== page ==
Golf and Tennis Elbow

PT Translator 1.2

Tennis Elbow is a common golf injury. It’s the injury of the ECRB muscle (short for extensor carpis radialis brevis), which is the most active forearm muscle during golf swings. Forearm muscles rotate the forearm and bend the wrists during swinging motions. They also stabilize the wrist. Here we translate two examples of jargon physical therapists might use in documenting golfer’s treatment.

Jargon The patient complained of lateral elbow pain upon wrist extension and flexion.

Translation – The outside of the patient’s forearm near the elbow hurt while (s)he bent his/her wrist. This pain could have several causes, including not just lateral epicondylitis (tennis elbow), but also radiculopathy, triceps tendinitis, and radial tunnel syndrome. Because of this, the therapist asks important questions about health and occupational history and takes care to note subtle differences in pain points.

JargonThe therapist determined that the patient’s symptoms were due to repeated wrist extension and forearm pronation.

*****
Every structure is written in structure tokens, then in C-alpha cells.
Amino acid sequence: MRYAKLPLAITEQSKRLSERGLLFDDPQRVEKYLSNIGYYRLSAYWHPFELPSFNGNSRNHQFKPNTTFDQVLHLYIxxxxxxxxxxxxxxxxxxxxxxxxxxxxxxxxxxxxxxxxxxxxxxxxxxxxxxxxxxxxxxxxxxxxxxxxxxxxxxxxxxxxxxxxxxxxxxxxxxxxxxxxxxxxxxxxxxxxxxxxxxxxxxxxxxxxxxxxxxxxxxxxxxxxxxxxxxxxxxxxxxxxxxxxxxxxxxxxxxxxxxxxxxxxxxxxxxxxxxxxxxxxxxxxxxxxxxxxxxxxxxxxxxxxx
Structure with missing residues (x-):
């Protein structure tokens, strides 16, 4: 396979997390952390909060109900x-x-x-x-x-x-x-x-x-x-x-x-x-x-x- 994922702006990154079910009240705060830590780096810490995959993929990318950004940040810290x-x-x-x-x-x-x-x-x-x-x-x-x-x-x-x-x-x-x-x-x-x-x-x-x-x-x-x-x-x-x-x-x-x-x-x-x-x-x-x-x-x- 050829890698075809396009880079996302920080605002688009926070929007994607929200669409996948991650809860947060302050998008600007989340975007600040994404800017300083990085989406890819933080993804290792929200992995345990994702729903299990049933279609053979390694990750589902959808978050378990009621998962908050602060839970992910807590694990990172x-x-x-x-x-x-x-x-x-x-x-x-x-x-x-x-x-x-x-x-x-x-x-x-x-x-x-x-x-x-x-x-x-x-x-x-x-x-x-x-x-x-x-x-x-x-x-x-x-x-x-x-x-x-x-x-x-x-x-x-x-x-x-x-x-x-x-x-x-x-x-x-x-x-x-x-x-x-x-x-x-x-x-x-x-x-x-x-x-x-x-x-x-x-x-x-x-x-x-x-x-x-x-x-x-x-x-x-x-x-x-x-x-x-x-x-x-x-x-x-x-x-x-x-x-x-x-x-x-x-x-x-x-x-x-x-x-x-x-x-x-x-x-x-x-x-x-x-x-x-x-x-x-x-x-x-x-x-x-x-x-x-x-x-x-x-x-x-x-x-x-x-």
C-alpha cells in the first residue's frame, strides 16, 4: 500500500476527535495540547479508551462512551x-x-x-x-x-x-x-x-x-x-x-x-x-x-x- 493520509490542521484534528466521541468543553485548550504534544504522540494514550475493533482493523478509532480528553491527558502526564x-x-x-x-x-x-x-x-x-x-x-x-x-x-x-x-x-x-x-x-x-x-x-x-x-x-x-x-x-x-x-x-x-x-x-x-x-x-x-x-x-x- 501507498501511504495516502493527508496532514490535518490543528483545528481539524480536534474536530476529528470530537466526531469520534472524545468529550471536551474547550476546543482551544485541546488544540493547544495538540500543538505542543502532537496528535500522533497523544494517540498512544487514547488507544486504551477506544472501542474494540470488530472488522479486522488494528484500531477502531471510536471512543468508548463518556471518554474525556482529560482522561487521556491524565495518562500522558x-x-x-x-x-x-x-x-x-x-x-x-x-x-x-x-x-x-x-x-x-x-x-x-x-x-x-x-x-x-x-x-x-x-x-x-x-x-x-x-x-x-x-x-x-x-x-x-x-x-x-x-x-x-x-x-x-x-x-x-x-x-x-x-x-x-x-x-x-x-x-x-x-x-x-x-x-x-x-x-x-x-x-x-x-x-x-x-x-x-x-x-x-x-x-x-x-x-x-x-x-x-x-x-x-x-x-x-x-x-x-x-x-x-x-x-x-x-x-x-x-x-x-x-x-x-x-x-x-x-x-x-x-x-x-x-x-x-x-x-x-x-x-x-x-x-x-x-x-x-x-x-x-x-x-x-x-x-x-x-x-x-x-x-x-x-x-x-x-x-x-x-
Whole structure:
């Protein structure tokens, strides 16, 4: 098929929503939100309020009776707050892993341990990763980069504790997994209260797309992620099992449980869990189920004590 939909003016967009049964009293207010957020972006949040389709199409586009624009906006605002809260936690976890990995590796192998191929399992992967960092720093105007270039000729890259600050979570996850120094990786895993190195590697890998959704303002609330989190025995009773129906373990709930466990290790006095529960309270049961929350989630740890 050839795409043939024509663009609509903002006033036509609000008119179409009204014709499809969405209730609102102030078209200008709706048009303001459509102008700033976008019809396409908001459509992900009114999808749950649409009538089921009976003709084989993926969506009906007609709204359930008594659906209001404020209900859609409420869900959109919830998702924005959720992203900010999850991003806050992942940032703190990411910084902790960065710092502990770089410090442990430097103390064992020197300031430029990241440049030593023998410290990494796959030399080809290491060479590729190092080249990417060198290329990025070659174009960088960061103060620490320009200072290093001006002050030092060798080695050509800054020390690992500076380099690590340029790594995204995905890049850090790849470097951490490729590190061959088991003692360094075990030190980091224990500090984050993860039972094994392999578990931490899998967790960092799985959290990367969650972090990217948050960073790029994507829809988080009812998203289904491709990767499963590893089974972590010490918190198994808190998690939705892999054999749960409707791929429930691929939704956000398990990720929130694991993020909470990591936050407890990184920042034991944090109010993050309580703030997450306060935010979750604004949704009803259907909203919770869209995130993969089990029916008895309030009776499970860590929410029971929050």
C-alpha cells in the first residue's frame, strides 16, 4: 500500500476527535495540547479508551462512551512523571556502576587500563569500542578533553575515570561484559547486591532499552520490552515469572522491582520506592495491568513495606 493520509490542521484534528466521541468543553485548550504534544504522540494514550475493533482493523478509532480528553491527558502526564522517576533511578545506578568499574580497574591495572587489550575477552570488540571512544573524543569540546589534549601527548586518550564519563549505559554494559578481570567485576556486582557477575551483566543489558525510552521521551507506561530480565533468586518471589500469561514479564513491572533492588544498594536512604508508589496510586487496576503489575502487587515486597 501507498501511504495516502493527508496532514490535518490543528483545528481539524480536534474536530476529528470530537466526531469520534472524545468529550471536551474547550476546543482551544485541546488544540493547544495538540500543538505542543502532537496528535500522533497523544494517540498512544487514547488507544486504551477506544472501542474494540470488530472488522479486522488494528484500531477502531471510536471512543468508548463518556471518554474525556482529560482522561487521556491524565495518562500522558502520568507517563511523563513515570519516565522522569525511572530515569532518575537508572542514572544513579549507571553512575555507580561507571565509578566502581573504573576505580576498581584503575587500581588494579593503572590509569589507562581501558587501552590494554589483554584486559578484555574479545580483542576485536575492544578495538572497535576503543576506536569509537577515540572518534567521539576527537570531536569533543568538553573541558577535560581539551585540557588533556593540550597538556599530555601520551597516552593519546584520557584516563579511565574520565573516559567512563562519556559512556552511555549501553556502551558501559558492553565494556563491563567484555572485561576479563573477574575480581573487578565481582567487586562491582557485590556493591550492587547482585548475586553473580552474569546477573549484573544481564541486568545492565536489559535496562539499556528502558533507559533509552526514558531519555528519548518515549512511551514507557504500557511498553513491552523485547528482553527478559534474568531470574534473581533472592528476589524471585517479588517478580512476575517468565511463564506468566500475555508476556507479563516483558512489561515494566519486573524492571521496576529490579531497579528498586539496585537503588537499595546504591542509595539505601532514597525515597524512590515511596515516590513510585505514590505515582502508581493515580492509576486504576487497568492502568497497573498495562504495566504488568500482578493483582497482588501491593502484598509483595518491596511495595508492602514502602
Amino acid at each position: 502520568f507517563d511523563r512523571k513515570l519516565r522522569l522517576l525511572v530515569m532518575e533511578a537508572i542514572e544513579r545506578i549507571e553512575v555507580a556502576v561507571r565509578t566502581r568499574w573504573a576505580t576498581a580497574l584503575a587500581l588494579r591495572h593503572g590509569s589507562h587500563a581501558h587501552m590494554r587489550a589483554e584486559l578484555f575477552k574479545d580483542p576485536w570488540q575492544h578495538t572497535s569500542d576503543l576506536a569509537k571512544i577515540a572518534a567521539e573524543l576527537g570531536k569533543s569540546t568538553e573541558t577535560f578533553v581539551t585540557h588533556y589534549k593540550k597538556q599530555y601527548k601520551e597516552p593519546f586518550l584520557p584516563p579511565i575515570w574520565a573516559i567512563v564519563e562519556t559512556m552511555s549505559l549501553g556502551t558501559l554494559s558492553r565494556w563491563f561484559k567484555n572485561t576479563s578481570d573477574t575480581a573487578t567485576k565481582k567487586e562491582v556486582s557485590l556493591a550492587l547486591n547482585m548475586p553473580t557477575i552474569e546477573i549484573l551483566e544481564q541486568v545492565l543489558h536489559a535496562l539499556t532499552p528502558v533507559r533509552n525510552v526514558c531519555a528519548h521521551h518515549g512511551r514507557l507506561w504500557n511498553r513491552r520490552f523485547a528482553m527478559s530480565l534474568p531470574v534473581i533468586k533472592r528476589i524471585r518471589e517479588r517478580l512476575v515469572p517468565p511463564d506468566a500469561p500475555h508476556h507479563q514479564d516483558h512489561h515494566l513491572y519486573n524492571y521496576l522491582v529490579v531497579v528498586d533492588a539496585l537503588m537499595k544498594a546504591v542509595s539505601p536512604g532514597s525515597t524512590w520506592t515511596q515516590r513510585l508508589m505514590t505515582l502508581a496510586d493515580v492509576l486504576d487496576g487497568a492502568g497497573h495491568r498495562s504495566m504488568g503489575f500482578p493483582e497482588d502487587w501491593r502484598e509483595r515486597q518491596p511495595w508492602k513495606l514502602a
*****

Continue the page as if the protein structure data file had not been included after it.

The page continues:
Translation – Repeated wrist bending and forearm rotation injured the ECRB. The lead arm in golfers is most often afflicted with tennis elbow.

Sometimes an acute force—say, striking a tree root, getting a clubhead trapped in a rough, or a fat shot—can be singled out as a cause of injury. Otherwise, tennis elbow is the result of repeated stresses of contracting the ECRB muscle and the force at impact. This sort of repeated stress leads to muscle fatigue and microtears and is the definition of an overuse injury. Risk factors that increase chance of tennis elbow are excessive grip and poor swing mechanics.

The key to treating tennis elbow is to lay off golf for a while until symptoms such as painful gripping or shaking hands subside. The same thing goes for whatever everyday activity that connects to the pain. Self-care may also include the use of over-the-counter pain meds and gradual return to activity. The advantage of physical therapy is that it helps to fortify the entire musculoskeletal chain. That sets the patient up for better recovery and long-term fitness.